Feather transplant gives tawny lucky break
THE BIRD WAS found with its wing stuck in a barbed wire fence in the Queensland town of Jimboomba – 50kms south of Brisbane – about a month ago.
After a neighbour reported the sighting, senior wildlife carer and president of Reptile Rehabilitation Queensland Anette Bird came to its aide.
“If you can picture a 6ft chain fence with barbed wire at the top – that’s where it was stuck,” Anette explains. “It must have flown into the fence at night – as they are nocturnal.”
“I could see it was in a lot of trouble, and initially I thought it would have to be euthanised.”
“Animals that get stuck in fences tend to struggle and make things worse for themselves, wrapping the wire tighter and tangling themselves further. It was also impaled by barbed wire in its chest at the base of the wing – the poor thing got a double whammy.”
With the help of a fellow wildlife carer and their ute, they were able to stand on the vehicle’s tray to reach the bird, which was then sedated, removed from the fence and wrapped in a towel.
A second tawny in trouble
“Not even two minutes down the road I get a second call about a tawny frogmouth in the area,” Anette explains. “Normally I would say I’ve already got one I’m rescuing, but something nagged me and I thought ‘I’ll go get the other one,’” Anette says. “And that was the best decision I could have made.”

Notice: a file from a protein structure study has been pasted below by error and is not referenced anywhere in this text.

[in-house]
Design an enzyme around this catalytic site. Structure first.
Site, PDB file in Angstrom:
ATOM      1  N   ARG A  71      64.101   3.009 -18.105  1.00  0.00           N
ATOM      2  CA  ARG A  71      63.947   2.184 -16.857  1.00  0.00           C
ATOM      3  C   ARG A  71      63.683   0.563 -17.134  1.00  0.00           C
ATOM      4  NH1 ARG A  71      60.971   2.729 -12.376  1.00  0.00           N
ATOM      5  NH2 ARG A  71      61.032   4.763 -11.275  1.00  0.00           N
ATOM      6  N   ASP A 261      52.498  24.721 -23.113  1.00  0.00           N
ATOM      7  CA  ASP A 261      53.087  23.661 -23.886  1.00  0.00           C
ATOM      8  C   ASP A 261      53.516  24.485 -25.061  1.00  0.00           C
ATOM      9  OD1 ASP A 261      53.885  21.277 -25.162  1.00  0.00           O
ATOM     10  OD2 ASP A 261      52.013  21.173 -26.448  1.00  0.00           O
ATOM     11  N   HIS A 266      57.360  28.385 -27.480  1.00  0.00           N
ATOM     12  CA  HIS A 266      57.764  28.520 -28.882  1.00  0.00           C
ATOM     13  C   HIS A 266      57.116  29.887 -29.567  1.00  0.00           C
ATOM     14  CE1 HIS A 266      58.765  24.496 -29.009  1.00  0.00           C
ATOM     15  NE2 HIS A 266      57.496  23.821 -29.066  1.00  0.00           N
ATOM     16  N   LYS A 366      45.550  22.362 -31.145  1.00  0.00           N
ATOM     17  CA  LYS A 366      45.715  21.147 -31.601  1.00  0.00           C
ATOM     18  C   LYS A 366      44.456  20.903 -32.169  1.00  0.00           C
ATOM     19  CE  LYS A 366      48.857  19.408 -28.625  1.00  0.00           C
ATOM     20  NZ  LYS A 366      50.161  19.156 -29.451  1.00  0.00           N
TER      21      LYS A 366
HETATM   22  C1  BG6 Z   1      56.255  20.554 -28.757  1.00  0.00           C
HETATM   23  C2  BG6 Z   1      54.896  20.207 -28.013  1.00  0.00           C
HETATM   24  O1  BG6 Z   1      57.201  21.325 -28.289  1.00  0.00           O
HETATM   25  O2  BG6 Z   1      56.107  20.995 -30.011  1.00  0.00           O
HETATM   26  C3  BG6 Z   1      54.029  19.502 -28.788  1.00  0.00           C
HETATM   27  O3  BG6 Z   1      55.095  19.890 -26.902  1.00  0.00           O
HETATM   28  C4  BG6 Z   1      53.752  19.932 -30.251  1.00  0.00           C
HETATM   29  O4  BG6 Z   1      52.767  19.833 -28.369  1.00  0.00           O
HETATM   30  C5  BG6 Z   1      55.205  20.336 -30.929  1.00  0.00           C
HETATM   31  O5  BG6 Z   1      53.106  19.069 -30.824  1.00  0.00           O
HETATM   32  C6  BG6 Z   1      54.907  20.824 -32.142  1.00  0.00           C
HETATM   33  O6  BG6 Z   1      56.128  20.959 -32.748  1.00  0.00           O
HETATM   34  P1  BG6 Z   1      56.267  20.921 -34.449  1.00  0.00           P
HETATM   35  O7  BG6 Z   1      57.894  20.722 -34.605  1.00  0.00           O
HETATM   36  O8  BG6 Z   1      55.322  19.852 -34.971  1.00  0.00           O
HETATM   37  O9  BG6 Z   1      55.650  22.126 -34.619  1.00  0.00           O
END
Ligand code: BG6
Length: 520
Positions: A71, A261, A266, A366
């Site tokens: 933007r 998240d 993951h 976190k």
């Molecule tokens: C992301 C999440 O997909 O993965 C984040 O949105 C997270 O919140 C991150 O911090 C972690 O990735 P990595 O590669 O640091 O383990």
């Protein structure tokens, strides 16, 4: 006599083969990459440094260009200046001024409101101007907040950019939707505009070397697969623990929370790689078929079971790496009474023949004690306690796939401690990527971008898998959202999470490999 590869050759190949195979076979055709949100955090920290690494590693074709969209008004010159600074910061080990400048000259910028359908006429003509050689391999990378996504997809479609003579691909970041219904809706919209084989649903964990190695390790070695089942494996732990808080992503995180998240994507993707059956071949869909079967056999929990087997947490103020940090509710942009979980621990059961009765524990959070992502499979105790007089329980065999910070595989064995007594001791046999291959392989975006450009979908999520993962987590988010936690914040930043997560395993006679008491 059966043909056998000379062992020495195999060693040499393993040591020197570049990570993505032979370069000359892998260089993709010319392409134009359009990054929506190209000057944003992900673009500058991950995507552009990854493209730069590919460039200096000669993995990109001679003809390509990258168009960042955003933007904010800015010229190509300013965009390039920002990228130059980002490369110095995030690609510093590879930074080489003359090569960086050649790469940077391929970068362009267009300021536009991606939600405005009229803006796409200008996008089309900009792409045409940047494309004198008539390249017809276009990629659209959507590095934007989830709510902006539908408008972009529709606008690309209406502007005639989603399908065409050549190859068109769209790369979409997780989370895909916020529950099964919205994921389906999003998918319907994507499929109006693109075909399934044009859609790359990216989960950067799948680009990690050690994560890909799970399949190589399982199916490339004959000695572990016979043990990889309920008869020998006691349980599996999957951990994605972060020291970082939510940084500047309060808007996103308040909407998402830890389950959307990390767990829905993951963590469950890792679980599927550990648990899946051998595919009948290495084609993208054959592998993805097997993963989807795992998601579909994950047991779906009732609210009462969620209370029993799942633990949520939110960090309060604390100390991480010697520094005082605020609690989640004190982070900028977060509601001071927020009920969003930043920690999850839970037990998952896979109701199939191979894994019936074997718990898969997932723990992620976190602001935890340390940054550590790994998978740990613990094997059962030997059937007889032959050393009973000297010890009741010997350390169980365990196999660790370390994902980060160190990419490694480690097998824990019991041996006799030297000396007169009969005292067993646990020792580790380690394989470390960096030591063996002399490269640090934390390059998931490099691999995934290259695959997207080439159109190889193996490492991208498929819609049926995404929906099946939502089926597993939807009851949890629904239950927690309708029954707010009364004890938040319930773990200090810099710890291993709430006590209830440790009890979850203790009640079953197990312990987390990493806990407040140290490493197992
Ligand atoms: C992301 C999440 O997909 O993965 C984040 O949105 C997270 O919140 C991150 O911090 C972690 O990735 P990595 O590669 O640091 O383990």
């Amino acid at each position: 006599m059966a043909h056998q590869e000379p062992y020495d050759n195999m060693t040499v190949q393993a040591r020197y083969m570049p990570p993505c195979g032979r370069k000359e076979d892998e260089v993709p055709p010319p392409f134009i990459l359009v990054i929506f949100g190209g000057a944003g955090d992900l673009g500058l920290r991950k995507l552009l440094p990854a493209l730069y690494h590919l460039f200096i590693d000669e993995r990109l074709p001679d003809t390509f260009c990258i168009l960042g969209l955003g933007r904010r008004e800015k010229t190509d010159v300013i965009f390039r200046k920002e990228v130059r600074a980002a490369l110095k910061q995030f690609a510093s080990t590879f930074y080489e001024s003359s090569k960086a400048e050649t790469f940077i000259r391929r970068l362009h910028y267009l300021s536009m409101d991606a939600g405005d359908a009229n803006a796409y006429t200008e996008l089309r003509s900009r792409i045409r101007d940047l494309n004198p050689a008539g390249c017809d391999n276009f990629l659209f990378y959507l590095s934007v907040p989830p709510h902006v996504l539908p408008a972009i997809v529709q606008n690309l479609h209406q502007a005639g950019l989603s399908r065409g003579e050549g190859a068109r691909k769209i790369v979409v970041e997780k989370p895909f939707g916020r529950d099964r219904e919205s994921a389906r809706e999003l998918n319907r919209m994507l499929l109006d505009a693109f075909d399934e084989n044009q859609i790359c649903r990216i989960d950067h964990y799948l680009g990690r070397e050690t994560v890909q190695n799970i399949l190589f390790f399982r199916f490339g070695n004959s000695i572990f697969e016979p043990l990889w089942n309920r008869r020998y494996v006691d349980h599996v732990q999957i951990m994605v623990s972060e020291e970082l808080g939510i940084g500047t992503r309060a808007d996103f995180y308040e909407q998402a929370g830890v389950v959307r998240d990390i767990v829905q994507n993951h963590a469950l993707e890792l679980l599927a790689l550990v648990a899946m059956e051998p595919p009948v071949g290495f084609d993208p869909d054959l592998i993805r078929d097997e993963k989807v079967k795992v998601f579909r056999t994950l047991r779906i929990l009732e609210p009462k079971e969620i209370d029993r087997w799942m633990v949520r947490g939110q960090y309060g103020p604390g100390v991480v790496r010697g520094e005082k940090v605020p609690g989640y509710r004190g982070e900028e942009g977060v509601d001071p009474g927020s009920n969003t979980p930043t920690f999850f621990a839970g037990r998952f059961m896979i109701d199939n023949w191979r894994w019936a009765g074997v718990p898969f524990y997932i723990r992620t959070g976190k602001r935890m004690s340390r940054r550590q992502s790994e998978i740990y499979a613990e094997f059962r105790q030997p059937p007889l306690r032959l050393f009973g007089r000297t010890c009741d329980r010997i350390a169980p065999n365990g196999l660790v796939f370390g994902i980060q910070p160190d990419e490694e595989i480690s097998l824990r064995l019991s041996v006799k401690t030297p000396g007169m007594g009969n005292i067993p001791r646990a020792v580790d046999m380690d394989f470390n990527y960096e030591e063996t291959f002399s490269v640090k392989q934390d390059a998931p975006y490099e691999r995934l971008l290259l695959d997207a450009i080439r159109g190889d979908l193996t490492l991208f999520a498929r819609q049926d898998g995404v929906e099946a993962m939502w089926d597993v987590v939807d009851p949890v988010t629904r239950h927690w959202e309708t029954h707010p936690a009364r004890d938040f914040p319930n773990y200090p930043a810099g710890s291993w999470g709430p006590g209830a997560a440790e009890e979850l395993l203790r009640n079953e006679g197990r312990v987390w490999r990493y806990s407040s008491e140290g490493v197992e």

The second tawny had been hit by a car at about 100kms/hr, leaving it with severe head and wing injuries, and unfortunately had to be euthanised.
However, Brisbane Bird and Exotics Veterinary Service’s avian resident veterinarian Dr Hamish Baron was able to salvage the feathers from the perished tawny frogmouth, and undertook a procedure which saved the first tawny – affectionately named Kouro – months of rehabilitation.
“Imping is effectively feather transplanting,” Hamish explains. “We shape a bamboo skewer and insert it into the hollow feather shaft still left in the live bird’s wing, and the shaft of the donor feather, and it acts as a bridge between the two, and it means they can fly pretty well straight away.”
The procedure took around 45 minutes to transplant six flight feathers – without which, Kouro would have been looking at 6-12 months of rehabilitation while its feathers grew back.
“It’s a cool procedure,” Hamish says. “It’s the sort of case where you feel like you’re making a difference.”
“All the stars in the universe lined up on that day for that bird,” Anette says. “You cannot put into words how it feels watching a bird go through such trauma and see it fly away six days later.”
Positive awareness for Aussie animals
The rescue was a combined effort from five major entities – RSPCA, Wildcare Australia, Brisbane Birds and Exotics Veterinary Service, Reptile Rehabilitation Queensland and Birds Injured, Rehabilitated and Orphaned.
Since images were uploaded to social media this week, the story of Kouro and the feather transplant has gone viral.
Hamish, who works between Brisbane Birds and Exotics Veterinary Service, the University of Queensland, and University of Sydney, says it’s a great opportunity to pass on knowledge and teach students how to successfully care for injured wildlife.
“It’s good to have a feel-good story out there,” he says. “And the beauty of doing wildlife work is contributing positively to saving native animals.”
“We do this day-in-day-out and go about our business without recognition,” Anette says. “It’s really good to see people show an interest.”